The logs show even more differentiation then during the first performance:

breathing device

Constructing the RBBB Arduino isn’t as easy as suggested. The manual says 30 minutes. If I don’t make any mistakes (to which I’m prone) I might be able to do it in an hour but no less. After I didn’t manage to get the first one to work I started out with a fresh one (I’ve got to build five.) I only made one mistake and when I plugged in the USB cable (be sure to chose Uno from the board list) and uploaded the blink sketch it worked!

I want to give the users of the device some direct feedback about their own breathing pattern. So I’m thinking about an LED that dims when you exhale and brightens when you inhale. I tried just putting an LED in the tube and the result was really nice:

Apart from the light I want to make the users more aware of their breathing getting input straight from their body. Tying the micro-controller to the chest (inside some kind of tubing) with an elastic band you become more aware of your breath in a subtle way:

And I did some research on flexible tubing. It looks nice and it is functional so I’ll probably go for this solution:

So things are shaping up. I’m eagerly awaiting the wind sensors from the states…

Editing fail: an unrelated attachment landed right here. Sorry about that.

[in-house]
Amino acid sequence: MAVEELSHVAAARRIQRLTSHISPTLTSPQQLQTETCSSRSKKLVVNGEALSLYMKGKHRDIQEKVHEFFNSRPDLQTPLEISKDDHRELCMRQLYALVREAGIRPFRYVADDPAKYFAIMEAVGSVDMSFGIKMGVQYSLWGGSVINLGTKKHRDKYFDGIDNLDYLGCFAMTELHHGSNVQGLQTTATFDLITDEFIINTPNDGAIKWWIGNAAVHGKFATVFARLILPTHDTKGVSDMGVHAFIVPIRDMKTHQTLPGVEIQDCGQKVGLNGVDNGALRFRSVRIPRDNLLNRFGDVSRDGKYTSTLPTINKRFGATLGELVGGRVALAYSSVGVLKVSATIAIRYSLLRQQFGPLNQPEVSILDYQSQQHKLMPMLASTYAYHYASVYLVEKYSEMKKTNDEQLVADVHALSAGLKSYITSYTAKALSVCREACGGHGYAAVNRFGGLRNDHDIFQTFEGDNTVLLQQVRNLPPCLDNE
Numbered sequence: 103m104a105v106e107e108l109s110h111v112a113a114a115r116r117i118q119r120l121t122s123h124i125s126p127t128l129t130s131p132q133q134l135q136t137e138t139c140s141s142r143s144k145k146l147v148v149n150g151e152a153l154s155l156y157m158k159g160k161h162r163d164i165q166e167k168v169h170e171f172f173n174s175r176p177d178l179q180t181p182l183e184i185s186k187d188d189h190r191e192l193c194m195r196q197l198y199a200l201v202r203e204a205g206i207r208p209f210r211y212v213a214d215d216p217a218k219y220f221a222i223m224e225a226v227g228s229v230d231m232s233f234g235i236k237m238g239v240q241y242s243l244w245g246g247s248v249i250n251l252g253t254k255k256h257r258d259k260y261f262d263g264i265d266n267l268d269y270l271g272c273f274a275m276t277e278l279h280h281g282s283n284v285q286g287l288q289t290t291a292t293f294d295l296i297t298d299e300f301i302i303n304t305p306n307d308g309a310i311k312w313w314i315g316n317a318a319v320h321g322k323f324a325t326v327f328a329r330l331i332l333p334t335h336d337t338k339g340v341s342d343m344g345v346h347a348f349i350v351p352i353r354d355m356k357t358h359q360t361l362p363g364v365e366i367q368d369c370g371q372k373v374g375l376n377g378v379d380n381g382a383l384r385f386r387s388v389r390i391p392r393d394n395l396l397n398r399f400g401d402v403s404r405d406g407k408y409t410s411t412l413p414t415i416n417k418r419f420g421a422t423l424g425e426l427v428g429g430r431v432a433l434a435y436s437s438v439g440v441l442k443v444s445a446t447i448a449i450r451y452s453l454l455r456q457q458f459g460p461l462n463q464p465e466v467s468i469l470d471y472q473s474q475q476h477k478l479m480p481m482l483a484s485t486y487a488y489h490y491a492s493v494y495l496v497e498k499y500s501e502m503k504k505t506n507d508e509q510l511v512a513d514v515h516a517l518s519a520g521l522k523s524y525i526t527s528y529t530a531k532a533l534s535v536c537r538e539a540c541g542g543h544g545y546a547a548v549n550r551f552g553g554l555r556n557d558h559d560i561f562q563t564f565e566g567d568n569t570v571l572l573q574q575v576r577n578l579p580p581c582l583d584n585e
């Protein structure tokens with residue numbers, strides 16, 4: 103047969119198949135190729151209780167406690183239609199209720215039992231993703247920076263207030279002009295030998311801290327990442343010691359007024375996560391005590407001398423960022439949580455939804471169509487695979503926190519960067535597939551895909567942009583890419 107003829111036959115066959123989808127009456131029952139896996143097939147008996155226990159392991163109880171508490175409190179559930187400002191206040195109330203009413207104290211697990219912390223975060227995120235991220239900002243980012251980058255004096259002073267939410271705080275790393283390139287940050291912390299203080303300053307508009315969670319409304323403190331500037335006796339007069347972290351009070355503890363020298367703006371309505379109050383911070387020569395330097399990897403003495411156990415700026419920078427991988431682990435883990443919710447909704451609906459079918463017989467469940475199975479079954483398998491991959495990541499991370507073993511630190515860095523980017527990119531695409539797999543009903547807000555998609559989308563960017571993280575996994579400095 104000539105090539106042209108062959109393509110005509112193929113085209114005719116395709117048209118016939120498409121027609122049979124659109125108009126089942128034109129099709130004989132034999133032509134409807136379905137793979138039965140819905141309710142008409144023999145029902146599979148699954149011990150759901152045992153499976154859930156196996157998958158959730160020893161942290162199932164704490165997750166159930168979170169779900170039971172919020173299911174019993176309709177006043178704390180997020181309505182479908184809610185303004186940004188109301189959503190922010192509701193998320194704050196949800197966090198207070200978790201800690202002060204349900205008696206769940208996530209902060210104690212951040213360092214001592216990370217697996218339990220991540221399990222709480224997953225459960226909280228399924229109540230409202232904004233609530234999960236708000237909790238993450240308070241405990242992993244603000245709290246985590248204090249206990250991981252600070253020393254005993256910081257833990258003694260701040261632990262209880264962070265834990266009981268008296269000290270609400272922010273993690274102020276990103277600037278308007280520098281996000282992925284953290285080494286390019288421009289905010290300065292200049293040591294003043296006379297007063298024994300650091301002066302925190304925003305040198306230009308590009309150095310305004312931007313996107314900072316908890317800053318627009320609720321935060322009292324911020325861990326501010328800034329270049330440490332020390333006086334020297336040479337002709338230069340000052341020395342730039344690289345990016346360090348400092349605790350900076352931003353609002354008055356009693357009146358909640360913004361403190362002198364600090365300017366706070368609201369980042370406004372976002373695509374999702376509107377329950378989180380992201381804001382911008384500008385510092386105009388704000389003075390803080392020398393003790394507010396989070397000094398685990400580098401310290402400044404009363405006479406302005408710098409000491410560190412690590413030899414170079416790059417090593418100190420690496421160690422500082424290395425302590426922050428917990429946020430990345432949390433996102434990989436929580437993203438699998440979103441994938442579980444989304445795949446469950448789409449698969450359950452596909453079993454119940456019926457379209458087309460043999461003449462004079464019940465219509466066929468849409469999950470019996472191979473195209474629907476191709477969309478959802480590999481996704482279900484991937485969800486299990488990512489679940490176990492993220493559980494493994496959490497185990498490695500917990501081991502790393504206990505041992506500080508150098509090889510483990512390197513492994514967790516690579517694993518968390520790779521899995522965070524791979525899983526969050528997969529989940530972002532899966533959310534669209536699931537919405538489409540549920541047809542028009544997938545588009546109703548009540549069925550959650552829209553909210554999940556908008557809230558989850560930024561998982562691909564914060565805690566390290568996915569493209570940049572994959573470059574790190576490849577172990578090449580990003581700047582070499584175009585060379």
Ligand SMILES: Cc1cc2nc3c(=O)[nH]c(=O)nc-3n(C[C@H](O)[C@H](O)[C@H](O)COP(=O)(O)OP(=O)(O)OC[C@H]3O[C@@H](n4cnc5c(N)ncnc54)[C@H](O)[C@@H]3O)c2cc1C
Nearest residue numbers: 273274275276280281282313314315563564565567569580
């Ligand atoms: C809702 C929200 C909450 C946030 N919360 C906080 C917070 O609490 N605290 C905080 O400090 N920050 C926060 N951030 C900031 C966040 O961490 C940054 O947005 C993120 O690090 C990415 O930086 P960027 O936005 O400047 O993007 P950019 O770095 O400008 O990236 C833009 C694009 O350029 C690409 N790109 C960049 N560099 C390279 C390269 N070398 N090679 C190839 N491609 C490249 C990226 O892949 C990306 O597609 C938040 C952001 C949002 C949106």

breathing sequence slow

I’ve managed to program the first representation of breathing-time. This is
a sequence of the way the drop changes when I’m actually breathing while
wearing the stretch sensor. The dept of the breath determines the diameter
and alpha value of the ‘drop’. The breath rate determines the blurring and
horizontal position of the drop. Slow but deep breathing results in a soft
and blurry spot. I’ll post an example of fast breathing later.

Merlin-16-29-44
Merlin-16-29-53
Merlin-16-30-6
Merlin-16-30-21
Merlin-16-30-31
Merlin-16-30-42
Merlin-16-30-54
Merlin-16-31-6
Merlin-16-31-18
Merlin-16-31-25
Merlin-16-29-31

discovering breath

Merlin-16-35-43

I’ve upgraded my code for the stretch sensor graph in Processing. The sensor
outputs numbers. When I breath in or out the number gets lower. Detecting
breathing activity isn’t as easy as looking for a numbers below 200 for
example. Because over the time of wearing the sensor the whole range of
numbers starts to shift going either up or down. What remains is the sharp
decrease when breathing in. So now I’m comparing two averages of 5 rounds of
serial port activity each. When their difference is over 107% I know I’m
breathing in.

stretch sensor visualisation

I’ve upgraded the first circuit with the potentiometers and the results look
promising. I used the Processing sketch that comes with the Arduino to make
a graphic of my breathing activity. I’ve tagged the different regions in the
graph so it’s easy to follow the movement of the breath. Btw the circuit is
constructed in such a way that the resistance decreases when the sensor is
stretched (breathing in.)
For this experiment I put the belt with the sensor rather tight around my
waist and I wasn’t talking. Talking makes the ‘not breathing’ part more
ragged but you can still clearly see when I’m breathing in and out.

Breathing_viz